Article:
We use molecular dynamics to study the vibration of a thermally fluctuating 2D elastic membrane clamped at both ends. We identify the eigenmodes from peaks in the frequency domain of the time-dependent height and track the dependence of the eigen-frequency of a given mode on the bending rigidity of the membrane. We find that the effective bending rigidity tends to a constant as the bare bending rigidity vanishes, supporting theoretical arguments that the macroscopic bending rigidity of the membrane as a whole arises from a strong renormalization of the microscopic bending rigidity. Experimental realizations include two-dimensional atomically thin membranes such as graphene and molybdenum disulfide or polymerized membrane ribbons.

HE

### EFT of Large Scale Structure, Symmetries and Constraints

Feb 8, 2016, 2:00 PM-4:00 PM

202 Physics

Host: Scott Watson, gswatson@syr.edu | Contact: David Schaich, daschaich@gmail.com

I will briefly introduce EFT of large scale structure (LSS) as a systematic perturbative approach to study structure formation. I will identify the symmetries and unique features of the system which determine the structure of EFT expansion. I will show how these symmetries can be used to make non-perturbative predictions about the baryon acoustic peak in the matter correlation function. Finally, I will show how EFT allows us to get unbiased constraints on cosmological parameters such as primordial non-Gaussianity and Neutrino masses from LSS surveys.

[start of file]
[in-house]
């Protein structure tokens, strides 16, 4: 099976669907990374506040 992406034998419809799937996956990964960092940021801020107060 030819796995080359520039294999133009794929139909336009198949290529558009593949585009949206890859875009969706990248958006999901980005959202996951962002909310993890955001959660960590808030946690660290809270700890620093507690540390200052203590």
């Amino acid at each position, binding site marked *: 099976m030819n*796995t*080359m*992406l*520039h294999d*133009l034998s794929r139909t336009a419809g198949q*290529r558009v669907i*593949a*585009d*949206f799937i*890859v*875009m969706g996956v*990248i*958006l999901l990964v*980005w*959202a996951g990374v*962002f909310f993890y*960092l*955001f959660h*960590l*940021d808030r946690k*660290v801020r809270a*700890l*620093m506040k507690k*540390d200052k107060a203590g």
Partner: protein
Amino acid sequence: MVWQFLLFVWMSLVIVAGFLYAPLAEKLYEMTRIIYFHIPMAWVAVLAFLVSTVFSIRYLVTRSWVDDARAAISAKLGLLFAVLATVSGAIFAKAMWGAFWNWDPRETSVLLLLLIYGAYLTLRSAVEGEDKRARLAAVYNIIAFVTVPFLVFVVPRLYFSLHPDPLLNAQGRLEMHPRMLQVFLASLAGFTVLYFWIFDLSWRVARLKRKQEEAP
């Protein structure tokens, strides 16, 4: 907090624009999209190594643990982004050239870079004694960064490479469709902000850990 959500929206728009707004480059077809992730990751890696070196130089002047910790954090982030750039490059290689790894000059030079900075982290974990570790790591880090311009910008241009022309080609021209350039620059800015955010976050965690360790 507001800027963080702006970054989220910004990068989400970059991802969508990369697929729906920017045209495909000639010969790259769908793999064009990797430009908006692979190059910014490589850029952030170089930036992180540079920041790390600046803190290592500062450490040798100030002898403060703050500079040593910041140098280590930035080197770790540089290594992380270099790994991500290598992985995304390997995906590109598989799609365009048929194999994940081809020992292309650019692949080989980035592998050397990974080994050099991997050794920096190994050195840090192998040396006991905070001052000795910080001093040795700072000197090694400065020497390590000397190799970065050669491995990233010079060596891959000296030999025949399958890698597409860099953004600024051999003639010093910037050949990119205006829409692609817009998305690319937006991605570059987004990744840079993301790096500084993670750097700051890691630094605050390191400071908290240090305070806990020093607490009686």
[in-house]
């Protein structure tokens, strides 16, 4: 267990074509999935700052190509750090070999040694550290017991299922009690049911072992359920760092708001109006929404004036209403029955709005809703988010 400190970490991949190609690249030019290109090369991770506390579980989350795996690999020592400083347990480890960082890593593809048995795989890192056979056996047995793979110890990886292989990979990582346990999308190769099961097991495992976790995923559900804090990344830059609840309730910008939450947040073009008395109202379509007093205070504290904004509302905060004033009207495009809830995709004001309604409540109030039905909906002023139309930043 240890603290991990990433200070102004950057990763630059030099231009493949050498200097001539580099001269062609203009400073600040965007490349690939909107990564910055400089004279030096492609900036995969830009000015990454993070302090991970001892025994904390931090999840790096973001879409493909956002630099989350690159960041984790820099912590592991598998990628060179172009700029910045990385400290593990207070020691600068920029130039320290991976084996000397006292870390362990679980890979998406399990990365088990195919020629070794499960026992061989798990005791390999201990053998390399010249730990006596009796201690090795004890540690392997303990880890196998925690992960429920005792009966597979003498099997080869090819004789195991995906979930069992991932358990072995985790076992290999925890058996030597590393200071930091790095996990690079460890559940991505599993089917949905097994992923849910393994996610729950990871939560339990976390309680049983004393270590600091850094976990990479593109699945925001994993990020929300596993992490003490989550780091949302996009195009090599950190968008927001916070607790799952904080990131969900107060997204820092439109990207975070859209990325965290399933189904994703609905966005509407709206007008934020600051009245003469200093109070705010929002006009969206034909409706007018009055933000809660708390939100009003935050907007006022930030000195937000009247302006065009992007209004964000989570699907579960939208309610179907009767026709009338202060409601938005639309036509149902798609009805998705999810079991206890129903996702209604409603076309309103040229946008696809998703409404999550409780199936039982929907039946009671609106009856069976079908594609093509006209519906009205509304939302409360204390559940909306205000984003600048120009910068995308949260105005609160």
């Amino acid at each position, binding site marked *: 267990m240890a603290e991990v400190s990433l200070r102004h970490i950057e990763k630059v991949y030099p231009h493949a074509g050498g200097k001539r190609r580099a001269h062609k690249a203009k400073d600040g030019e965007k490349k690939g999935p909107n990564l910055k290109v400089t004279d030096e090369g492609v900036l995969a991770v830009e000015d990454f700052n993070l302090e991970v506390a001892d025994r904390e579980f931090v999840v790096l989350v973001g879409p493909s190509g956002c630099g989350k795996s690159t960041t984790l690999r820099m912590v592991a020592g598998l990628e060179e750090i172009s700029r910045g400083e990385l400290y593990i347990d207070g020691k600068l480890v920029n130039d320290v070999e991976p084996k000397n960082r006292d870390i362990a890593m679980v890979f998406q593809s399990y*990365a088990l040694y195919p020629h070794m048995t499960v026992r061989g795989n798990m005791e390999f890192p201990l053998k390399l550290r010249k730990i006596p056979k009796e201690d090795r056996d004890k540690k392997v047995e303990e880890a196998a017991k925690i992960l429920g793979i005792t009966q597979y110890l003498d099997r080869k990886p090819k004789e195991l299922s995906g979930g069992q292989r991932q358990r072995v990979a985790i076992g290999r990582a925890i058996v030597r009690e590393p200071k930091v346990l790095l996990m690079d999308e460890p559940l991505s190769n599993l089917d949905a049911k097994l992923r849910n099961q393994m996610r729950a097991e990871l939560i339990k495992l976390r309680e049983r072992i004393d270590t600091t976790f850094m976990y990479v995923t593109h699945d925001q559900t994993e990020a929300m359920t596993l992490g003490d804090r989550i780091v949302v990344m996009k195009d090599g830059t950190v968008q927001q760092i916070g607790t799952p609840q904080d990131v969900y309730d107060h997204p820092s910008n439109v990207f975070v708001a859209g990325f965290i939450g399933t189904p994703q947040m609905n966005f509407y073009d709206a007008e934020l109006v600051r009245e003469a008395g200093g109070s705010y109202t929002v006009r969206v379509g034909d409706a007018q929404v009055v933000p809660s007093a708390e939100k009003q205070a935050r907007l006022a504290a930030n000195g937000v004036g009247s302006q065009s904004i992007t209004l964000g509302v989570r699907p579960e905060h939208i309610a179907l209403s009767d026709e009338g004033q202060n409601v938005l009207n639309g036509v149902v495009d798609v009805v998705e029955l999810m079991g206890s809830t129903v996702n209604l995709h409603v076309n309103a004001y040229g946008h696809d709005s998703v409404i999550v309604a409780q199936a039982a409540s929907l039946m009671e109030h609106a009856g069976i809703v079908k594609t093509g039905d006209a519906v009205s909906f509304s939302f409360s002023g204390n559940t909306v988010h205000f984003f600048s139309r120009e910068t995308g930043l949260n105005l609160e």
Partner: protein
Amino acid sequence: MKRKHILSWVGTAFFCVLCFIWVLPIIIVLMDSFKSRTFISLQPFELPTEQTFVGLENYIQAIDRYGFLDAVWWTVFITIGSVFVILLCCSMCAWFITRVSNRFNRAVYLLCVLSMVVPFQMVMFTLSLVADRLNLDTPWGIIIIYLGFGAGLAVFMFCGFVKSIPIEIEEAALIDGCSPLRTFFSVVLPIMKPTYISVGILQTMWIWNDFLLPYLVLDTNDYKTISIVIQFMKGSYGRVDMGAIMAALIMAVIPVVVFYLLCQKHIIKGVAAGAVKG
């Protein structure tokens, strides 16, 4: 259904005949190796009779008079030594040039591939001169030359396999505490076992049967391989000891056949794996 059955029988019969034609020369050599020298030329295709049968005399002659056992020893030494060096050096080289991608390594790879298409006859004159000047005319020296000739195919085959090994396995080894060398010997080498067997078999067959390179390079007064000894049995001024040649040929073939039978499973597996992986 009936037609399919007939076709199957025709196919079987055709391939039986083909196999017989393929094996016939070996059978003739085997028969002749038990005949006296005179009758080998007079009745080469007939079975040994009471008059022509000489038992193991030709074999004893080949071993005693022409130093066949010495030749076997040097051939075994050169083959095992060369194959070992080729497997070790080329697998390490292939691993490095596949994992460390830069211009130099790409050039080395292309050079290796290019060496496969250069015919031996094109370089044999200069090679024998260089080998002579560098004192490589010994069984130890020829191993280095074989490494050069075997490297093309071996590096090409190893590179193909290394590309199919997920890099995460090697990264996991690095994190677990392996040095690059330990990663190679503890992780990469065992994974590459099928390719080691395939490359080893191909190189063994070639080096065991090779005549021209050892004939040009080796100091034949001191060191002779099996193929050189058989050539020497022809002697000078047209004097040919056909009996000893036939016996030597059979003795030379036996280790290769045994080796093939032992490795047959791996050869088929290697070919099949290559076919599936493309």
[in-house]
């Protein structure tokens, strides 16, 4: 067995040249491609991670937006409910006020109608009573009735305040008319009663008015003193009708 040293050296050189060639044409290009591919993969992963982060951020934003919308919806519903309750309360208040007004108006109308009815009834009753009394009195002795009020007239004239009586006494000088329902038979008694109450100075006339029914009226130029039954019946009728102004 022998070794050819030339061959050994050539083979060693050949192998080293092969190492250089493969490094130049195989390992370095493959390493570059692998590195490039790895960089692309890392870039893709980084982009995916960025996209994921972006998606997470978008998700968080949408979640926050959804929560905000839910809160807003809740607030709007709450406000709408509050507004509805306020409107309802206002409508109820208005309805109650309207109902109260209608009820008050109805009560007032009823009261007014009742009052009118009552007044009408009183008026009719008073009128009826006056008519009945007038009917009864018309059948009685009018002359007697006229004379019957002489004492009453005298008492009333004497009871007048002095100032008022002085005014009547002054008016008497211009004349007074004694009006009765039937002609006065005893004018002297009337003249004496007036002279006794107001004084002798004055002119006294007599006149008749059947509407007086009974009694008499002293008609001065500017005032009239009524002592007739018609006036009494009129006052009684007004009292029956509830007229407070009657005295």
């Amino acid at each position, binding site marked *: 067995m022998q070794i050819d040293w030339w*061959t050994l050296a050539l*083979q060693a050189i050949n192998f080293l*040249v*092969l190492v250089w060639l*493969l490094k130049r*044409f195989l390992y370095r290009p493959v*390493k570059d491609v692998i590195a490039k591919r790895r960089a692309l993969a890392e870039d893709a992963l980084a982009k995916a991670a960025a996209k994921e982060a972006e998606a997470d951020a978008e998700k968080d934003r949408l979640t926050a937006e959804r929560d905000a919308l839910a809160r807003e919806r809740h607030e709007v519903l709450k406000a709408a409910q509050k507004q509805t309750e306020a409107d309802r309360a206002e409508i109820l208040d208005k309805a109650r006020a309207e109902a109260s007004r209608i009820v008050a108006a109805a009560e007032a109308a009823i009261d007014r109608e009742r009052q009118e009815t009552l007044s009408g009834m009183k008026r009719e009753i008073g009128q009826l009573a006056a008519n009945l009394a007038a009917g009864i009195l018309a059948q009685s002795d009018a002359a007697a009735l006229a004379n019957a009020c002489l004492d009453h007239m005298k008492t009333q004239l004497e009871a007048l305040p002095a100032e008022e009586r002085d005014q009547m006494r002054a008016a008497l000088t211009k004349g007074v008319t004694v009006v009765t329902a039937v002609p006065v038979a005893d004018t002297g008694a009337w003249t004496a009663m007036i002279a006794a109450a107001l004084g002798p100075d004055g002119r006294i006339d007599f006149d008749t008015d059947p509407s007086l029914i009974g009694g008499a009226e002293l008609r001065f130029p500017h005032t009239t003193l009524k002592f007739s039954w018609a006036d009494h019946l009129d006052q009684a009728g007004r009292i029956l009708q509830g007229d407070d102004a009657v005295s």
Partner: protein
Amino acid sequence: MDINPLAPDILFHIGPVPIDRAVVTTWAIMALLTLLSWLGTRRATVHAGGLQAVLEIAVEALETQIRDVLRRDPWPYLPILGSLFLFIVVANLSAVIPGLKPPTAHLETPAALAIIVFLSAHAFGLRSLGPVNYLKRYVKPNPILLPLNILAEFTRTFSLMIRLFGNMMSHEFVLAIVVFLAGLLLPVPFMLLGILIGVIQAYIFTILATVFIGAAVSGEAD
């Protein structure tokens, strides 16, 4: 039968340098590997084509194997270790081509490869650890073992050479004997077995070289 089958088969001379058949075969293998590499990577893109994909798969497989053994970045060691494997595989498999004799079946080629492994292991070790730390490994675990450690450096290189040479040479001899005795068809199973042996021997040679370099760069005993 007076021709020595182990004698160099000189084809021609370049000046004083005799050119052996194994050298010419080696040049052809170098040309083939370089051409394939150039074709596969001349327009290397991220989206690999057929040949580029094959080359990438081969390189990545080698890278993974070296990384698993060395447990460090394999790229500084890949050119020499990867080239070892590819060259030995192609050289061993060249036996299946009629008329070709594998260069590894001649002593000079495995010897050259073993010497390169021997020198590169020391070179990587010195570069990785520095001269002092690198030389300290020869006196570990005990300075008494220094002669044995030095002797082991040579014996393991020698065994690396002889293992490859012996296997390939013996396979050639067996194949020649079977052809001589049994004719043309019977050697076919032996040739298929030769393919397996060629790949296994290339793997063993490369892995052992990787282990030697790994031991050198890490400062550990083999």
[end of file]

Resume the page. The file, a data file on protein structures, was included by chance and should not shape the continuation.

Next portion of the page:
HE

### Cosmology in Standard Einstein Gravity with Non-Standard Scalar Field Fluids

Feb 5, 2016, 12:30 PM-2:30 PM

208 Physics

Host: Scott Watson, gswatson@syr.edu, 315-443-8280

I will discuss cosmological solutions in standard Einstein gravity sourced by non-standard, non-canonical scalar field fluids. With recent experimental data from Planck, BICEP2, and the Keck Array now putting stress on the simplest inflationary models, there is a growing need for alternative early universe scenarios. Examples of such fluids include k-essence, DBI, Galileon fields, Horndeski models and the 'new oscillatory' models recently proposed by Nobel Laureate Wilczek et al. I will focus on the stability of these fluids emphasizing the common occurrence of negative kinetic energy degrees of freedom (ghosts), gradient instabilities (imaginary sound speed), superluminal propagating modes and singularities. Cosmological scenarios I will discuss include K-inflation, Galilean Genesis super-inflation, and the G-bounce model.

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Contact Information:
David Schaich, Series Director
daschaich@gmail.com
315-415-3277

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### The Fluid Boundary - Considering Cell Membranes from a Soft Matter Perspective

Feb 4, 2016, 3:45 PM-5:45 PM

202/204 Physics